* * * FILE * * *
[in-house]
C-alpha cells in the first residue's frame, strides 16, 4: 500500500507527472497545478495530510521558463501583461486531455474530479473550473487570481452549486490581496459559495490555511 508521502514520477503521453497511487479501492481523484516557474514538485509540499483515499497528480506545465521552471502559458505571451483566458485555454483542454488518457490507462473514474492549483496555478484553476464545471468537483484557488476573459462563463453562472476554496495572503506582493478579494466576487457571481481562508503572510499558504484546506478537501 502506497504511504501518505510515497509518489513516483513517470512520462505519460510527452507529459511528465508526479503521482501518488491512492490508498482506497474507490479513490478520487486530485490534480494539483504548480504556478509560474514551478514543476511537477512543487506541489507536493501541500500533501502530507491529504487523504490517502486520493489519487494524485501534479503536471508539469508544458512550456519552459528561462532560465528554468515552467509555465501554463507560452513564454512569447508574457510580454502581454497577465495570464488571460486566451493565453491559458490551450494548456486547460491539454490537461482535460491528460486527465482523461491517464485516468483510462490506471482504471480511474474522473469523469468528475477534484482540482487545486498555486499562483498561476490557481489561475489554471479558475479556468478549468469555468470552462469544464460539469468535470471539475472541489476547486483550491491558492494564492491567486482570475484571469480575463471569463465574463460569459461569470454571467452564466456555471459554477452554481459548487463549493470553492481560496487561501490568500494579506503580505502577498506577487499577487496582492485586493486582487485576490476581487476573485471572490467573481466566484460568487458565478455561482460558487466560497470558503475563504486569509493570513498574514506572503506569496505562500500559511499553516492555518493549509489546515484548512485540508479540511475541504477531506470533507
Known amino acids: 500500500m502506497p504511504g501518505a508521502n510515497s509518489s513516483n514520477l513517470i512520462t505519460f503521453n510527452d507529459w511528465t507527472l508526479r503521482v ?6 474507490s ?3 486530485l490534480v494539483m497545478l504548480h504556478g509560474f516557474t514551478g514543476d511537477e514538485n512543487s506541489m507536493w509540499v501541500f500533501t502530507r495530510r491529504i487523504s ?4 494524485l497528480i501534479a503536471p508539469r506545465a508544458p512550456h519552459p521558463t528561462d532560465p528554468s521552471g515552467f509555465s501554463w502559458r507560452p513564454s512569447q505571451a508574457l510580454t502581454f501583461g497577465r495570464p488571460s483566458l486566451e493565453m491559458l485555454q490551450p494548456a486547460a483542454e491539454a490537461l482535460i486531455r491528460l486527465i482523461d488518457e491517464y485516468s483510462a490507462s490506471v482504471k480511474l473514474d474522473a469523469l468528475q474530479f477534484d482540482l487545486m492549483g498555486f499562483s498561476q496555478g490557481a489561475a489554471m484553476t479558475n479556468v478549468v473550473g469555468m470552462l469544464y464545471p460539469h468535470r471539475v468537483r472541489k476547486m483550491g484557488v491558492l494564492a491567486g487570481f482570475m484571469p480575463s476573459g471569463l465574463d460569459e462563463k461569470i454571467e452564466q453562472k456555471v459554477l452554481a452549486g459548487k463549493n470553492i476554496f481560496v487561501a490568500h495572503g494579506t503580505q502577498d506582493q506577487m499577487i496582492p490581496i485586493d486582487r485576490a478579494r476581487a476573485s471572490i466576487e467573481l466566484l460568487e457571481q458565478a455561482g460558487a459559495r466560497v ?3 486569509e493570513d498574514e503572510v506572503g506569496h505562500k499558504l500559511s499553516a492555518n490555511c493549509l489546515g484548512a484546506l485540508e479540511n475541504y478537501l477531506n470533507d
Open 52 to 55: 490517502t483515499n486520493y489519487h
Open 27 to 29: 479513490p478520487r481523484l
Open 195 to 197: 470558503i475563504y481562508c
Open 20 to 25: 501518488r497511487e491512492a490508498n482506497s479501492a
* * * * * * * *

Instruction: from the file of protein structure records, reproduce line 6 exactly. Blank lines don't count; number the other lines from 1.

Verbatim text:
Open 195 to 197: 470558503i475563504y481562508c